UNLV computer science professor Andreas “Andy” Stefik will be honored January 26, 2016 in Washington, D.C. as a “White House Champion of Change.” Stefik is one of nine to be recognized this month for their work in computer science education. Stefik creates technologies that make it easier for people — especially those with visual impairment — to use computer software.
According to the White House, the Champions of Change program was created to feature the extraordinary work citizens do to empower members of their communities.
Stefik is the inventor of Quorum, the first evidence-oriented programming language. The design of Quorum is based on rigorous empirical data from experiments on human behavior. With grants from the National Science Foundation, Stefik also established the first national educational infrastructure for blind or visually impaired students to learn computer science — a model being used in nearly 20 schools from Clark County to the United Kingdom.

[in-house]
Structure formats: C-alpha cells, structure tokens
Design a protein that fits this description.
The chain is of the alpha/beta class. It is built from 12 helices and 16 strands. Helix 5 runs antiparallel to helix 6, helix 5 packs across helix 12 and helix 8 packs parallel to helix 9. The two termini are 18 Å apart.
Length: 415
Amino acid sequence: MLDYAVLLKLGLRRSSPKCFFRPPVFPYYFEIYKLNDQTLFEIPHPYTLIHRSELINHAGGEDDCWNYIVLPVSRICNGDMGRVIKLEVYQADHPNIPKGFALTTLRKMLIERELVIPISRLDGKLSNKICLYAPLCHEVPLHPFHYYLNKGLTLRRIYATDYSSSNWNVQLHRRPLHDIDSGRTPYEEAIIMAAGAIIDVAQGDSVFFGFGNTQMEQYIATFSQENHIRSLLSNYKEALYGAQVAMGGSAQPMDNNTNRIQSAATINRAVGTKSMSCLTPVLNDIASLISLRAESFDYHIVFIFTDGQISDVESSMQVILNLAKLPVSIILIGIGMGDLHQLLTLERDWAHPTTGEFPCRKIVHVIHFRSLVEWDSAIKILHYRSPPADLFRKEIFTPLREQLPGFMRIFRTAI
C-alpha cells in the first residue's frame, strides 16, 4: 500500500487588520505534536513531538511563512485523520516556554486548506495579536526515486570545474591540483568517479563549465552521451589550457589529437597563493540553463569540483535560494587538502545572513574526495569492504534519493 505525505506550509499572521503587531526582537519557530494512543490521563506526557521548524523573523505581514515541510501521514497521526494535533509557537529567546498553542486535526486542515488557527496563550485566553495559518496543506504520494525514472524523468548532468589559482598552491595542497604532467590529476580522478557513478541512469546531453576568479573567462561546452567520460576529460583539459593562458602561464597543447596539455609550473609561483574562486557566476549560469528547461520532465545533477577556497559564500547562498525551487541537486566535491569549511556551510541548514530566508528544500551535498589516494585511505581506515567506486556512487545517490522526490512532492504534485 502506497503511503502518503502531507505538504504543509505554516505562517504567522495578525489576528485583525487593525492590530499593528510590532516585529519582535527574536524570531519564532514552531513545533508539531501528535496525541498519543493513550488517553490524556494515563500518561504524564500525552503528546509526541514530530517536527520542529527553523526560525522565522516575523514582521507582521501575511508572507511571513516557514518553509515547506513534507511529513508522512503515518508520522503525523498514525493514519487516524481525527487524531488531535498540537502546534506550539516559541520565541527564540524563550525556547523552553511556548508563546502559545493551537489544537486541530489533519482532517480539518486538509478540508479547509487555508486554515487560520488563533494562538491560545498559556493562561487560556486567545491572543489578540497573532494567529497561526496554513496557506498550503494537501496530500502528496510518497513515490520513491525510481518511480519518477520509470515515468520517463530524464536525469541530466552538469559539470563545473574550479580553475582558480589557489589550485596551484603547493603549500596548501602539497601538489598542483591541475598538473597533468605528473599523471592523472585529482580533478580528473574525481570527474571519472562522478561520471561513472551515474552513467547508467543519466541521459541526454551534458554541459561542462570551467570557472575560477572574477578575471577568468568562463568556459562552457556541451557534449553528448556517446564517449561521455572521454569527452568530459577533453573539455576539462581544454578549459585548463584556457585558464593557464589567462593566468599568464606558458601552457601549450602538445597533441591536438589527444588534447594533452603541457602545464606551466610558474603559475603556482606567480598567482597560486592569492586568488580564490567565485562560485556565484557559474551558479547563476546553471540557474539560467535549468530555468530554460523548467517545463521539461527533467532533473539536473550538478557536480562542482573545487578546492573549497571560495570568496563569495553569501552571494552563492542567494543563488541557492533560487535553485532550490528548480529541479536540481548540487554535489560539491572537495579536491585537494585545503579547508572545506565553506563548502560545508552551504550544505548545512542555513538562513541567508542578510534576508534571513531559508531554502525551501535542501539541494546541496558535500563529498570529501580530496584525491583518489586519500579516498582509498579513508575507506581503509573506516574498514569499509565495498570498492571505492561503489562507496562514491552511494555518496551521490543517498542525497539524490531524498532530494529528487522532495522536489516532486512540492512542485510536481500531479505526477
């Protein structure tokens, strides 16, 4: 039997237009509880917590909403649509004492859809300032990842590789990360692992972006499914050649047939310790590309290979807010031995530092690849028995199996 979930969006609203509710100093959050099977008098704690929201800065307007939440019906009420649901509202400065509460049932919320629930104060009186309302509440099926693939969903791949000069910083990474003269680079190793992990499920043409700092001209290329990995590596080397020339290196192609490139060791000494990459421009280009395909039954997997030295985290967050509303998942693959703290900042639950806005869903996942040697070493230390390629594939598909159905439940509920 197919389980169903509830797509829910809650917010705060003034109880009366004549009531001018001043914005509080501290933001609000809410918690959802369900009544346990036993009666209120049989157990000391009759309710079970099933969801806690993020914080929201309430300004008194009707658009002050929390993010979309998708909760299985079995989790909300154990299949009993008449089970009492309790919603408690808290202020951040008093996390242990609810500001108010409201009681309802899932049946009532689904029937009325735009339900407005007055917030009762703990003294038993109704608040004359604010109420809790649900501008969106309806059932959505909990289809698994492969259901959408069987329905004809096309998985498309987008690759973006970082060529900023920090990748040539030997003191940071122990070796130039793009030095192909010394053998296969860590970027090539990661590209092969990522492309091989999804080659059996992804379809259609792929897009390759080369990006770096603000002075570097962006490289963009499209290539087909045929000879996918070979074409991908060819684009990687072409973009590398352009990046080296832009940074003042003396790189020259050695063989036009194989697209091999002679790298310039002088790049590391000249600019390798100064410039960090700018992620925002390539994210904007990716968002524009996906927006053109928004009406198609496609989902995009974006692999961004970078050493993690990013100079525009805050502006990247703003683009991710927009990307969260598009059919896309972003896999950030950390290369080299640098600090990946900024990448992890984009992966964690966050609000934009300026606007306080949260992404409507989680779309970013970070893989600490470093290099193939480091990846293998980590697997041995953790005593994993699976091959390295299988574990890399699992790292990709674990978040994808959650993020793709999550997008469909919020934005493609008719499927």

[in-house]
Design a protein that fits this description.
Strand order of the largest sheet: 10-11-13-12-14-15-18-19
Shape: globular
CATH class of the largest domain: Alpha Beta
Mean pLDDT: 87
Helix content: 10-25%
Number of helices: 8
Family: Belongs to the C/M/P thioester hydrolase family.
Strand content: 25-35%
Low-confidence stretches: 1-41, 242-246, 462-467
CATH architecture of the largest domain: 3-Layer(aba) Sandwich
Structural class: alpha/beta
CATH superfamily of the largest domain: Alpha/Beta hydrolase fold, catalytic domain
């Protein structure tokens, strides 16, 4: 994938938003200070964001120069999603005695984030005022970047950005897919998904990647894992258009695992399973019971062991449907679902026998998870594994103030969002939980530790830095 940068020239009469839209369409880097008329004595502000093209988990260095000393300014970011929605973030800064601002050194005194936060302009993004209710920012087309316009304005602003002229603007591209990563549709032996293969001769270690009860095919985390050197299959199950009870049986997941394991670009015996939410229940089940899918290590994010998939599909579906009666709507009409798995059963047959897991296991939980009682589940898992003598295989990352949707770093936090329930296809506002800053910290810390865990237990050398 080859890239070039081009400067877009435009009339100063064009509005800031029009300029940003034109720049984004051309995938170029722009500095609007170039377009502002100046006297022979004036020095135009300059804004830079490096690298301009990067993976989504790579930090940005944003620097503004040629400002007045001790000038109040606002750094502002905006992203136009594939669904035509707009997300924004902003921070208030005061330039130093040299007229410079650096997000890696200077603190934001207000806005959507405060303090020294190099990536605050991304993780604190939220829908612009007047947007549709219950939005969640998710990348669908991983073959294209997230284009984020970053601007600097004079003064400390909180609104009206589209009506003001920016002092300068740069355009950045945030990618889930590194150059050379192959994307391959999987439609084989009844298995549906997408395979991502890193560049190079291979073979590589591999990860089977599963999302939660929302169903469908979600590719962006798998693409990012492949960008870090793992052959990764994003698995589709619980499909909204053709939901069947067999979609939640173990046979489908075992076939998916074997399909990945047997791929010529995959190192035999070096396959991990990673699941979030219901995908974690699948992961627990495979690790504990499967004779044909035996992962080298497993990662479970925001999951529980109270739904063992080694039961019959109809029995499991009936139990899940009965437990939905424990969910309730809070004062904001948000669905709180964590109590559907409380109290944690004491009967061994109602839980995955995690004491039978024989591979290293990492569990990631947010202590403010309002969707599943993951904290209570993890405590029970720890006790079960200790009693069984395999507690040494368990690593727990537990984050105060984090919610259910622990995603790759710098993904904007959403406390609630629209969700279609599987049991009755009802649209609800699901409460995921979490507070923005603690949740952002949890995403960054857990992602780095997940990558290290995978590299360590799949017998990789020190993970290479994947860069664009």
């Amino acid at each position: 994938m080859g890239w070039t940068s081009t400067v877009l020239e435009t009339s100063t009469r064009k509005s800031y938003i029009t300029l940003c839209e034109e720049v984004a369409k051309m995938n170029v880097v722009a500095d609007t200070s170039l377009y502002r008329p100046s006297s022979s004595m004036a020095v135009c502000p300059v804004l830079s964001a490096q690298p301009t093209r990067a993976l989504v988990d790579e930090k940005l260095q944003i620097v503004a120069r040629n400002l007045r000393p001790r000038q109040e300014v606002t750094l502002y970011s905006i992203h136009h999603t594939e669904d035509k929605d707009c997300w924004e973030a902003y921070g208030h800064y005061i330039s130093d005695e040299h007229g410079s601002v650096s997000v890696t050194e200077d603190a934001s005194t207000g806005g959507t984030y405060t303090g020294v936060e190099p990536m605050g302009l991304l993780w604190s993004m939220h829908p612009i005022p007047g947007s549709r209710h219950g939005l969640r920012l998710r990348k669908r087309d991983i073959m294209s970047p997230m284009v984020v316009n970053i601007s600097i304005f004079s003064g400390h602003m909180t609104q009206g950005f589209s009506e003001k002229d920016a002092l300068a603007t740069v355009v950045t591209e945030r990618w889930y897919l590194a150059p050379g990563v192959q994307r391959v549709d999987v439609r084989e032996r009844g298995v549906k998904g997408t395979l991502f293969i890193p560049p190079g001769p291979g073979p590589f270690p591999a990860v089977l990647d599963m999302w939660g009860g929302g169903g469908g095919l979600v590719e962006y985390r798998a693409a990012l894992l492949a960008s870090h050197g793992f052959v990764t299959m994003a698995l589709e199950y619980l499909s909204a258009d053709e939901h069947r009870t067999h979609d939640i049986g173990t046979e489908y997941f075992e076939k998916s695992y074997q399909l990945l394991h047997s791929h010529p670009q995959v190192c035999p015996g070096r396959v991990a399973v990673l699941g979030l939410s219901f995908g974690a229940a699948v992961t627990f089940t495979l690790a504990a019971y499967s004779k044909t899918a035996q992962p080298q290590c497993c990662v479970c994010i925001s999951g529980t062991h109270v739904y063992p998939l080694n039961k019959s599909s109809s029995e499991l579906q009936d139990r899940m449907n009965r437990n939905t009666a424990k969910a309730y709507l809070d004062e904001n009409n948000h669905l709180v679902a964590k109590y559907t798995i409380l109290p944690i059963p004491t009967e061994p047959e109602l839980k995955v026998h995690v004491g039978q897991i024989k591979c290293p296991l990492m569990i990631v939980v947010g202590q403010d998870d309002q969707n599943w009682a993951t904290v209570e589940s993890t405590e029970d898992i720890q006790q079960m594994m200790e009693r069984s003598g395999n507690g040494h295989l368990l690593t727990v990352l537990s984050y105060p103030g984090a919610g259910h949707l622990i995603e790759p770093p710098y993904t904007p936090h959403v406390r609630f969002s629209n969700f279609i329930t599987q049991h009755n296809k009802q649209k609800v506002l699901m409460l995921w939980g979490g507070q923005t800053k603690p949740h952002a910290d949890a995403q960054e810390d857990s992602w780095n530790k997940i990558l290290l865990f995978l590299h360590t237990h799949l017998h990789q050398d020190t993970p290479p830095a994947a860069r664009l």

“It’s definitely humbling,” said Stefik. “There are people all over the country doing amazing work in computer science education right now. I’m honored to be recognized alongside just a few of them.”
The Champions of Change program was created as an opportunity for the White House to feature individuals doing extraordinary things to empower and inspire members of their communities. The Champions of Change selection committee has paid tribute to more than 1,000 awardees over the last five or so years with monthly awards in areas highlighting the president’s initiatives, including LGBT, refugee and Affordable Care Act issues, organizers said. A year ago, President Barack Obama became the first president to write a line of code, and in his State of the Union address, he issued a broad call to action to expand computer science across the nation’s K-12 classrooms.
Read more about the announcement, and check out where you can catch the live stream of the event, here.